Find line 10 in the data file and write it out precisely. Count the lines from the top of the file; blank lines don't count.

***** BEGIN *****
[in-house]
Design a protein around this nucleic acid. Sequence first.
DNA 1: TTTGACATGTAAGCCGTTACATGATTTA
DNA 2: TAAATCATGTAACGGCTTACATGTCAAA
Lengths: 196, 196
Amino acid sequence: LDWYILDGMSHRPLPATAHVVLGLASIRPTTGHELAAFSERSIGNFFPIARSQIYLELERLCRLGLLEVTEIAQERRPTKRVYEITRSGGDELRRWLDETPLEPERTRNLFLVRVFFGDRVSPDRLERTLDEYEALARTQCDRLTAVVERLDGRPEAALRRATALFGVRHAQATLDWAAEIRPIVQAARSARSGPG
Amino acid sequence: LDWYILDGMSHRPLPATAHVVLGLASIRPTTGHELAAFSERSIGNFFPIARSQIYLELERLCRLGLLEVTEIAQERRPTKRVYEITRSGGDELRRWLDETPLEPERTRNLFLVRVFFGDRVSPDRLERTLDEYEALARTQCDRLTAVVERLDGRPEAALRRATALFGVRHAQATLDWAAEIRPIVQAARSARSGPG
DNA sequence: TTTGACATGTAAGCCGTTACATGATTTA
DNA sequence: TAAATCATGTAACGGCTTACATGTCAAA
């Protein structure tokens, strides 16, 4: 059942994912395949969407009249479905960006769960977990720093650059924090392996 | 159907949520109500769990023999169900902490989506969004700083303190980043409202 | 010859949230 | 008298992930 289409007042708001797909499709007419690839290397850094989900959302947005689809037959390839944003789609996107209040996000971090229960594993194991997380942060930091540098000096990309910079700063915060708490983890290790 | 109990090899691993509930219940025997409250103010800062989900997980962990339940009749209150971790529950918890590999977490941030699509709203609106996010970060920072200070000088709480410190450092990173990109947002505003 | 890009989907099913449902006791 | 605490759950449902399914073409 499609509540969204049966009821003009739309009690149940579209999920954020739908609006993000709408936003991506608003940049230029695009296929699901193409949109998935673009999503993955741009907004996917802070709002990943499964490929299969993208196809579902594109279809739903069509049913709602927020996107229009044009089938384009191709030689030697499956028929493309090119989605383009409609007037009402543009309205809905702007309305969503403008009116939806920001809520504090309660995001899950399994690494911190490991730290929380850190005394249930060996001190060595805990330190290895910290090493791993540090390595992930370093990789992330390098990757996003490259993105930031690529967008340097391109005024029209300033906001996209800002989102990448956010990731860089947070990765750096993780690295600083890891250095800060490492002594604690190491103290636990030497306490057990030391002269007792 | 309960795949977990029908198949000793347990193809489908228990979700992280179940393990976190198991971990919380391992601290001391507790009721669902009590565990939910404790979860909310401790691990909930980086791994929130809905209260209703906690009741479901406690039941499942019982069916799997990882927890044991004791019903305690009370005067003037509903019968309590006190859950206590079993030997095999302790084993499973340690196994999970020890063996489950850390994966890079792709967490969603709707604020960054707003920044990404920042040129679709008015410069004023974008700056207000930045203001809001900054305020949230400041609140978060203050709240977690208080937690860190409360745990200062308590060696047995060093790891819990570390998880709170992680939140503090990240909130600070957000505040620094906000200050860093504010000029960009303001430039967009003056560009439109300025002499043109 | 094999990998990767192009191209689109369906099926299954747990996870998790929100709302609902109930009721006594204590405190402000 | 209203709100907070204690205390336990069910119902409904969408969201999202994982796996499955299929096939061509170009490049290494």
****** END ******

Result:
């Protein structure tokens, strides 16, 4: 059942994912395949969407009249479905960006769960977990720093650059924090392996 | 159907949520109500769990023999169900902490989506969004700083303190980043409202 | 010859949230 | 008298992930 289409007042708001797909499709007419690839290397850094989900959302947005689809037959390839944003789609996107209040996000971090229960594993194991997380942060930091540098000096990309910079700063915060708490983890290790 | 109990090899691993509930219940025997409250103010800062989900997980962990339940009749209150971790529950918890590999977490941030699509709203609106996010970060920072200070000088709480410190450092990173990109947002505003 | 890009989907099913449902006791 | 605490759950449902399914073409 499609509540969204049966009821003009739309009690149940579209999920954020739908609006993000709408936003991506608003940049230029695009296929699901193409949109998935673009999503993955741009907004996917802070709002990943499964490929299969993208196809579902594109279809739903069509049913709602927020996107229009044009089938384009191709030689030697499956028929493309090119989605383009409609007037009402543009309205809905702007309305969503403008009116939806920001809520504090309660995001899950399994690494911190490991730290929380850190005394249930060996001190060595805990330190290895910290090493791993540090390595992930370093990789992330390098990757996003490259993105930031690529967008340097391109005024029209300033906001996209800002989102990448956010990731860089947070990765750096993780690295600083890891250095800060490492002594604690190491103290636990030497306490057990030391002269007792 | 309960795949977990029908198949000793347990193809489908228990979700992280179940393990976190198991971990919380391992601290001391507790009721669902009590565990939910404790979860909310401790691990909930980086791994929130809905209260209703906690009741479901406690039941499942019982069916799997990882927890044991004791019903305690009370005067003037509903019968309590006190859950206590079993030997095999302790084993499973340690196994999970020890063996489950850390994966890079792709967490969603709707604020960054707003920044990404920042040129679709008015410069004023974008700056207000930045203001809001900054305020949230400041609140978060203050709240977690208080937690860190409360745990200062308590060696047995060093790891819990570390998880709170992680939140503090990240909130600070957000505040620094906000200050860093504010000029960009303001430039967009003056560009439109300025002499043109 | 094999990998990767192009191209689109369906099926299954747990996870998790929100709302609902109930009721006594204590405190402000 | 209203709100907070204690205390336990069910119902409904969408969201999202994982796996499955299929096939061509170009490049290494």